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Cow-Calf Outlook Good For 2011

U.S. feedlot inventories reached three-year highs in November while cattle on feed 120 days or longer remain relatively tight. Stronger demand has resulted in Kansas fed cattle prices trading in the range of $98/cwt to $100/cwt in November while Alberta steers hover between $94/ cwt and $97/cwt. On-feed numbers in Alberta and Saskatchewan are at five-year lows which will enhance the basis for slaughter cattle over the next six months.

The stronger slaughter pace along with steady exports of fed cattle to the U.S. has kept feedlots very current with production. Domestic North American beef demand appears to be improving in line with the seasonal tendency. Projections for lower unemployment numbers along with stronger consumer confidence will bode well for the beef demand during 2011. Calf numbers will be down in 2011 due to the high U.S. cow slaughter. Feeder cattle prices are expected to percolate higher into March but additional strength in the barley market may temper the upside. The function of the feeder market is to encourage expansion but despite trading near historical highs, there is no sign of heifer retention.

U.S. cattle-on-feed numbers as of November 1 were 11.5 million head, up three per cent from November 1 of 2009; October placements came in at 2.50 million head, a year-over-year rise of one per cent while fed cattle marketings were down one per cent at 1.73 million head. Beef production in the first and second quarters may be larger than anticipated. Earlier in summer, the USDA was projecting a sharp drop in beef production in the first half of 2011. The hard red winter wheat region is experiencing very dry conditions resulting in limited grazing of small grain pastures. Feeder cattle are moving into feedlots sooner than normal and at lighter weights. Marketings for October were the second-lowest on record but carcass weights remain five pounds below 2009, which is a positive signal.

Cattle on feed in Alberta and Saskatchewan as of November 1 were reported at 825,620 head, down eight per cent from last year, October placements were down five per cent and marketings were up a whopping seven per cent. The year to date Canadian slaughter is running three per cent above 2009 and overall beef production is up 3.7 per cent. Slaughter cattle exports to the U.S. are up nearly 20 per cent in comparison to 2009 so there is an obvious increase in demand sustaining current price structure.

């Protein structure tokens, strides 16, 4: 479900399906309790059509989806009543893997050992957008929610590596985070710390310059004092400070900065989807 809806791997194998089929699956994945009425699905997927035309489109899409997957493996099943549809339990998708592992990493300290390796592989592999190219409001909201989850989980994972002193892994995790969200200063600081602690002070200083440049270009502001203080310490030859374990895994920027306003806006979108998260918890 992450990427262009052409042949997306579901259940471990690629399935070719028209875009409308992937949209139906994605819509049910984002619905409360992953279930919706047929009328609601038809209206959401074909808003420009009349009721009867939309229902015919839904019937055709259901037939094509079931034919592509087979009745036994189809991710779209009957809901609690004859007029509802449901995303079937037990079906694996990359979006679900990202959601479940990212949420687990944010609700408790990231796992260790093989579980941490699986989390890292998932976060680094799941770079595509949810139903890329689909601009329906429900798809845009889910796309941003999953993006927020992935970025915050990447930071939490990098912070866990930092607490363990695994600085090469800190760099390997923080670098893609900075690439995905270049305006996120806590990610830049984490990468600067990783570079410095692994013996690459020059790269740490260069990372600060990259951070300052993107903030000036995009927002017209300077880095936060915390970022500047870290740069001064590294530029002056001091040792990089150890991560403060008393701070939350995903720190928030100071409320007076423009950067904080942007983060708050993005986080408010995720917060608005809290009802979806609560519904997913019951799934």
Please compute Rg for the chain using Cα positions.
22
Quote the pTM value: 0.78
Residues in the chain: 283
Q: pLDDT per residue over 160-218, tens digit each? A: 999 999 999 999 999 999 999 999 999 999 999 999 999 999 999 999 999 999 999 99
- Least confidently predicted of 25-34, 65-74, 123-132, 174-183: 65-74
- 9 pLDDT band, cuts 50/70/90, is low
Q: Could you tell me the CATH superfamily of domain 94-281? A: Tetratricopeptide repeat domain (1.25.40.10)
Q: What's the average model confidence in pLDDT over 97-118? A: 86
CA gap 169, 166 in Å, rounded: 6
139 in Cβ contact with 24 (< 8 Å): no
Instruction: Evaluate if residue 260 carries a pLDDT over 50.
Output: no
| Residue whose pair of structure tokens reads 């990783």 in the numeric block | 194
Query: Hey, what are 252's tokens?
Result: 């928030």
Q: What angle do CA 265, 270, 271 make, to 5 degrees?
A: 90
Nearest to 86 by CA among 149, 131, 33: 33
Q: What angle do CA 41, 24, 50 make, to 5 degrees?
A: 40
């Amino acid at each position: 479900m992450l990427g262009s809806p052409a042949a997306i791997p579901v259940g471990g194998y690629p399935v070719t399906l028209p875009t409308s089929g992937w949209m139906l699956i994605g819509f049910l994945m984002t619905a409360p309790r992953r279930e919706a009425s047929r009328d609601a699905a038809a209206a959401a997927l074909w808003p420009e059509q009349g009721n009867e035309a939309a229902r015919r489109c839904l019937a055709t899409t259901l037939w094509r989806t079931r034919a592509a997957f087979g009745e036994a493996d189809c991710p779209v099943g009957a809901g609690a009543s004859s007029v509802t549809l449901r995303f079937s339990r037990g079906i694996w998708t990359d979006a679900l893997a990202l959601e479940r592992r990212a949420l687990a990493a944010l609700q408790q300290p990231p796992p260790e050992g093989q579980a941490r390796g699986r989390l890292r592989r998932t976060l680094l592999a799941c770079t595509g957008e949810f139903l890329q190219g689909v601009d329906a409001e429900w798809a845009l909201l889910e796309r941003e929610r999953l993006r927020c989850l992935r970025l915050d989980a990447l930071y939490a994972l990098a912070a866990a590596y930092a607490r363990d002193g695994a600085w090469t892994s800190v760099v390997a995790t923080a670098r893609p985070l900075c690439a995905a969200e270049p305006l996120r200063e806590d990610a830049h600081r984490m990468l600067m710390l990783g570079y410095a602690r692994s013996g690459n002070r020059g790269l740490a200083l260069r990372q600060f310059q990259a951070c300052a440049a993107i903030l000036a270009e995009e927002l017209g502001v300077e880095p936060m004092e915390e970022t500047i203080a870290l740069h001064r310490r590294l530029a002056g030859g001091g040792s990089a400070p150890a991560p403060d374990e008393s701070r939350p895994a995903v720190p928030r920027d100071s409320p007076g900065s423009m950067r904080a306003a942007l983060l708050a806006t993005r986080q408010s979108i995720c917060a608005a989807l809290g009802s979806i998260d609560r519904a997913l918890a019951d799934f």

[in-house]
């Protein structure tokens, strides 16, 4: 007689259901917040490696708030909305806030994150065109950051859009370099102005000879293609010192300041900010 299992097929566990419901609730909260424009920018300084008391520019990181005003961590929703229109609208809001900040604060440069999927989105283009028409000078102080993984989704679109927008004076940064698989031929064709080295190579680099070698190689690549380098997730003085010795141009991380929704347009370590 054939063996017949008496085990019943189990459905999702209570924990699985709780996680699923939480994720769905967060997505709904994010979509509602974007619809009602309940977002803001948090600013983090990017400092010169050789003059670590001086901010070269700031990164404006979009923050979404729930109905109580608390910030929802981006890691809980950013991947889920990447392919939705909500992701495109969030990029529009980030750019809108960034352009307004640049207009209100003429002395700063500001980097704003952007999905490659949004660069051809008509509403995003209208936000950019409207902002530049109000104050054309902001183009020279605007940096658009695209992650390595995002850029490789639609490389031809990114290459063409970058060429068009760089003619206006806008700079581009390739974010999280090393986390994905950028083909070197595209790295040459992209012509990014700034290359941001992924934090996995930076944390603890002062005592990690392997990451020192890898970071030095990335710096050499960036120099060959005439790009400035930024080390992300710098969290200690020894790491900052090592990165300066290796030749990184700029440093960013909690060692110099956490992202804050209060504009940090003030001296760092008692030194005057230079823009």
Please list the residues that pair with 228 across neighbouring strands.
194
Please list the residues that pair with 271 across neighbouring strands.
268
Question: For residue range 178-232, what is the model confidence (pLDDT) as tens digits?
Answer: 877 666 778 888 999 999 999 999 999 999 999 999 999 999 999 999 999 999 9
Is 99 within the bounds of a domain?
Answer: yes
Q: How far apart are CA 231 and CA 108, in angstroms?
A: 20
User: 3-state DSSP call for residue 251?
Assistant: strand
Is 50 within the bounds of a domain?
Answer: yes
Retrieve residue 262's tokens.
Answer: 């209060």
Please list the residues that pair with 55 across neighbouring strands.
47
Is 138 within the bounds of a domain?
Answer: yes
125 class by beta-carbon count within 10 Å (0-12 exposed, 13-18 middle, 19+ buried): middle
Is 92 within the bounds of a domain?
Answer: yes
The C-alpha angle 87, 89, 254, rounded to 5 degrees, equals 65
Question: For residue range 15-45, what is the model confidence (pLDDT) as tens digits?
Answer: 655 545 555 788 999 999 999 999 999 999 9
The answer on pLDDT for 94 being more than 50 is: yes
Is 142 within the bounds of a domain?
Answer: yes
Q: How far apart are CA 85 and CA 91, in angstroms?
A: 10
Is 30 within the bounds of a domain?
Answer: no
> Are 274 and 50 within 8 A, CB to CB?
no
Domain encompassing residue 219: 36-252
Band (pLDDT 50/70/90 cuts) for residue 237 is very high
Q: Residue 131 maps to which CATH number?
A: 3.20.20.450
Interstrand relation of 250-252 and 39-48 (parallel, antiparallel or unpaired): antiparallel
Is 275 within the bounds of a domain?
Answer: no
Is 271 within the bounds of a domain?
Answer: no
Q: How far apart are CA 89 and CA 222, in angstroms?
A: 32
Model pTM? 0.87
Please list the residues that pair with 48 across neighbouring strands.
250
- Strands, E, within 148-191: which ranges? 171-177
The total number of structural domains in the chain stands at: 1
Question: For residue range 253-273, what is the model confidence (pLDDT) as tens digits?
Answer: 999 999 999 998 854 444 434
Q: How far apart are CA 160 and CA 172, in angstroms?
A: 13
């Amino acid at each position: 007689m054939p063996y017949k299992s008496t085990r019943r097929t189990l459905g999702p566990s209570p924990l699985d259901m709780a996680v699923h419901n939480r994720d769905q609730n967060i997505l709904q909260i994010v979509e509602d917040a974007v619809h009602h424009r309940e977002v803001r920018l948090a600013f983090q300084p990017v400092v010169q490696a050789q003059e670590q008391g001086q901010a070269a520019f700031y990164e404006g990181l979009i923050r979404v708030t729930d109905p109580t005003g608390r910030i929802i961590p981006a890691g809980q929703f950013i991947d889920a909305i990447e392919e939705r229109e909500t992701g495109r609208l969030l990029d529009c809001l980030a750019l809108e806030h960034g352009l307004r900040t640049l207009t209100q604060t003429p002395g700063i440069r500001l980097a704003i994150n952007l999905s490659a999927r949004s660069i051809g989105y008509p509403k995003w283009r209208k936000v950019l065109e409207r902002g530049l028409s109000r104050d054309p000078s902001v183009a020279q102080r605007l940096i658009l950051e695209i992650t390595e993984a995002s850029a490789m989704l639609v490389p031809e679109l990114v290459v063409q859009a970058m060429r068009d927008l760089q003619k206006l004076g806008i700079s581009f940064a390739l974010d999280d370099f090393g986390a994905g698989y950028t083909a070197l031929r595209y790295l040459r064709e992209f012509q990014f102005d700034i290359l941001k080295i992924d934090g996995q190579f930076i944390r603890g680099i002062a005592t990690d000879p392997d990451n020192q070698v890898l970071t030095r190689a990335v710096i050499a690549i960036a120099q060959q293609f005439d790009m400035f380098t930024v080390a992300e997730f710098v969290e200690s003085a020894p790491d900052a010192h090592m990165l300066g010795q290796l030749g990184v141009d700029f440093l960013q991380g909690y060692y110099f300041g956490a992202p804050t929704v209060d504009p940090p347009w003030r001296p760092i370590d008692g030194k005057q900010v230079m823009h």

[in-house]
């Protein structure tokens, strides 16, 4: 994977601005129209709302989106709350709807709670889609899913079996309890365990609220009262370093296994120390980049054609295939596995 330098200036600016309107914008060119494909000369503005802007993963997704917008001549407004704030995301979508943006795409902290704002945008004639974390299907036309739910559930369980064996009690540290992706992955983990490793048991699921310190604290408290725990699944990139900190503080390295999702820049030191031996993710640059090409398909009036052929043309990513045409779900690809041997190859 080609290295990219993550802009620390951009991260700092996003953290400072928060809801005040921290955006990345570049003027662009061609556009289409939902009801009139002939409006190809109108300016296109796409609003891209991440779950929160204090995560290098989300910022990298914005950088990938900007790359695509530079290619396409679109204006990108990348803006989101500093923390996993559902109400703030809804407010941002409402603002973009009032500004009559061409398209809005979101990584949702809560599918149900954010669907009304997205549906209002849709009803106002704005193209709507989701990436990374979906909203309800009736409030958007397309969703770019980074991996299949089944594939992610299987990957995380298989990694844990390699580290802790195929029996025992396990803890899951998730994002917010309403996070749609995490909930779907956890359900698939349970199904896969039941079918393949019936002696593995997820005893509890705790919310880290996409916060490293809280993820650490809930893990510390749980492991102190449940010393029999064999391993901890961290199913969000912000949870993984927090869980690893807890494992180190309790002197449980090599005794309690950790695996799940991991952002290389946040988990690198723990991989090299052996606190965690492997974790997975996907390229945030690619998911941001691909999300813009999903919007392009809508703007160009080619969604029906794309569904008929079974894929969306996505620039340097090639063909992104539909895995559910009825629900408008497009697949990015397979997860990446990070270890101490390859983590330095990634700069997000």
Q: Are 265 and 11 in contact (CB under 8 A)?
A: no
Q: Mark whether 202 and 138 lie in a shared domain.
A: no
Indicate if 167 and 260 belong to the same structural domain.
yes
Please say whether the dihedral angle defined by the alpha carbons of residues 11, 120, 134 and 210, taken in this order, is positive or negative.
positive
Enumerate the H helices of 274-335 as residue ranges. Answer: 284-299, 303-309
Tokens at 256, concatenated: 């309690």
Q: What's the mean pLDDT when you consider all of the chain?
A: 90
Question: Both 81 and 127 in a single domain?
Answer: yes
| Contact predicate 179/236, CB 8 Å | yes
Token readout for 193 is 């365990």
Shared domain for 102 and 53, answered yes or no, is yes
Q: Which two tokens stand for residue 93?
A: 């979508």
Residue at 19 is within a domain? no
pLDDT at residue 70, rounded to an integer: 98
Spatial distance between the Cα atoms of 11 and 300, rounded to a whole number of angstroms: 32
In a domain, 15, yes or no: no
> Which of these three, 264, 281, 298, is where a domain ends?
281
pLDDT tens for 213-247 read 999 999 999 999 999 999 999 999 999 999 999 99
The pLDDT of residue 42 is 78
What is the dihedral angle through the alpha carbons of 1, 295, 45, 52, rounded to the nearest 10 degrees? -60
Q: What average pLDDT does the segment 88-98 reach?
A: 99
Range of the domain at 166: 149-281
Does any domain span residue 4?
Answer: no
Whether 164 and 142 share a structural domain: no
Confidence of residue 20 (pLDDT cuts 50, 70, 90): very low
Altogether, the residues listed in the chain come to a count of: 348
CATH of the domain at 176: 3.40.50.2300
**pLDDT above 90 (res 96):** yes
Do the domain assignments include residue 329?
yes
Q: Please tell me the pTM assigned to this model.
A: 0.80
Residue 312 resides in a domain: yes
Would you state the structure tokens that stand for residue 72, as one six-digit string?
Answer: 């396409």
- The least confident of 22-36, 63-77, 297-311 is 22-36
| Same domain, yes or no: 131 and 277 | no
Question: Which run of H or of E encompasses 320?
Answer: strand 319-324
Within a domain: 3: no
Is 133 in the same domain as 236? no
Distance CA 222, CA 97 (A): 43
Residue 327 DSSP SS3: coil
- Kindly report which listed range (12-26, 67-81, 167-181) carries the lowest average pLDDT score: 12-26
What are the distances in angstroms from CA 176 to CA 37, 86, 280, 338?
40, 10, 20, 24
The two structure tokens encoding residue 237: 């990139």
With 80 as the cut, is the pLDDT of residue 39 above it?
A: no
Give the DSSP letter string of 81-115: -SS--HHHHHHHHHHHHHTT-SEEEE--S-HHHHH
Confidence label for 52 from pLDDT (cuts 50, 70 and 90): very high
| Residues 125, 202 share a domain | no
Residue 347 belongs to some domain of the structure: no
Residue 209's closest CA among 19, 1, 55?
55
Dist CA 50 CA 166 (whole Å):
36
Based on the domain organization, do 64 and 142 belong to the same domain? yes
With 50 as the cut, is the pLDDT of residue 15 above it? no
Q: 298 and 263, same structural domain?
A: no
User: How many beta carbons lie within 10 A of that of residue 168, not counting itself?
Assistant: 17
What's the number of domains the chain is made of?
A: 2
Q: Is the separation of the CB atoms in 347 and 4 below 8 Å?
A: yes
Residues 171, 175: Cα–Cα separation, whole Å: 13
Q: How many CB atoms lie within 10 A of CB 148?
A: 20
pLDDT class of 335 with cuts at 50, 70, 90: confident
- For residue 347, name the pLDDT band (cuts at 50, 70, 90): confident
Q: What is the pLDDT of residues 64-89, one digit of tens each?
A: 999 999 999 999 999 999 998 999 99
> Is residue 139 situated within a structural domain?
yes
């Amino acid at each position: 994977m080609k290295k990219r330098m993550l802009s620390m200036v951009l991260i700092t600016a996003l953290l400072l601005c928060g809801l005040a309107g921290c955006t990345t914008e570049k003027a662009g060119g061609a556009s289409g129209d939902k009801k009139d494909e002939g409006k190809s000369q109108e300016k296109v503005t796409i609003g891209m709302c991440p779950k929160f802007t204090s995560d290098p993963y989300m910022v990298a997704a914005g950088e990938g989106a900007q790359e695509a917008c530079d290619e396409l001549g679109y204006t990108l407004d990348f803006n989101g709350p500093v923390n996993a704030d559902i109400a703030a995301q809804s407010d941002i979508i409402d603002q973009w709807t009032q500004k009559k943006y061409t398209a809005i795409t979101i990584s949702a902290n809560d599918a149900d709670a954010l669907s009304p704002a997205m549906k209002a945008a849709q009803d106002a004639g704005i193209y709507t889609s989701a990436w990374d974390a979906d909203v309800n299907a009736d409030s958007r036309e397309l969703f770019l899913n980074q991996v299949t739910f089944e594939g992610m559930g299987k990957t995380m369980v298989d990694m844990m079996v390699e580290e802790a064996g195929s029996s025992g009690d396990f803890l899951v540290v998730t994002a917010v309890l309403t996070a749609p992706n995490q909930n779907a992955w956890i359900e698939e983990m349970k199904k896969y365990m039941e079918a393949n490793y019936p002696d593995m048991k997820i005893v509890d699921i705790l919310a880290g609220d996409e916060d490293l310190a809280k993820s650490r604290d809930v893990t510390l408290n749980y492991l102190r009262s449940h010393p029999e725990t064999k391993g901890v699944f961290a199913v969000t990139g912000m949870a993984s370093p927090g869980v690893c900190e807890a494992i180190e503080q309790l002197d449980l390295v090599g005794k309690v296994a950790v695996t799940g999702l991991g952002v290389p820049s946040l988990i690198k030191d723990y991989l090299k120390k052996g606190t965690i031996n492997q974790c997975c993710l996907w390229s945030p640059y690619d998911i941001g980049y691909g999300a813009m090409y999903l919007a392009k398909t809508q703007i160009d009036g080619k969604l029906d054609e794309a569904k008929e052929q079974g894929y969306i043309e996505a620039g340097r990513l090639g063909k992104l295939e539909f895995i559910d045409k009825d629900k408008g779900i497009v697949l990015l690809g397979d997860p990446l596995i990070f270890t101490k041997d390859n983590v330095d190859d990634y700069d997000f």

U.S. choice beef values remain near historical highs at $158, up nearly $17/cwt above last year. U.S. September “away from home food” expenditures were up 13 per cent over 2009. The fourth quarter of 2009 experienced a very sharp contraction in “away from home” food spending but 2010 appears to be back to normal. North American consumer spending on “food for home” is now starting to increase after declining for most of 2010. This will continue to support retail prices and keep supplies in the beef pipeline relatively tight. Consumer spending is expected to increase over the next 6 months which will result in a higher shift in demand. This is the most important factor driving beef and cattle prices and will dictate the upside potential.

April live cattle futures continue to trend higher exceeding $108 at the time of writing this article. Cash fed cattle prices in the March though May timeframe could reach historical highs and feedlots are looking to be full for this period. Calf prices are also ratcheting higher in Canada and the U.S. now that the corn market has

defined upside of $6 per bushel. Barley prices remain under $180 so the western Canadian feedlot has not had to contend with historical high feed grain prices like their U.S. counterparts. Feeder cattle prices are also expected to be very strong in March because

of supply tightness and positive feedlot margins during this time. Above normal placements in the fourth quarter of 2010 will result in lower placements in February through April. While feeder cattle prices will be high during this time, this also translates into lower beef production in the third quarter of 2011.

I see a fairly positive outlook for feedlots and cow-calf producers for 2011. Bred cows are 150 per cent higher than last year but this is probably a good purchase at these levels. Cow/calf producers, who have been reading articles over the past couple years, know that I encouraged expansion through the recessionary period. Those who followed my advice are now in good shape for the next two years.

GeraldKlassenanalysescattleandhogmarkets inWinnipegandalsomaintainsaninterestin thefamilyfeedlotinSouthernAlberta.For commentsorspeakingengagements,hecan bereachedat [email protected] or2042878268


“I see a fairly positive outlook for feedlots and cow/calf producers for 2011. Bred cows are 150 per cent higher than last year, but this is probably a good purchase at these levels.”

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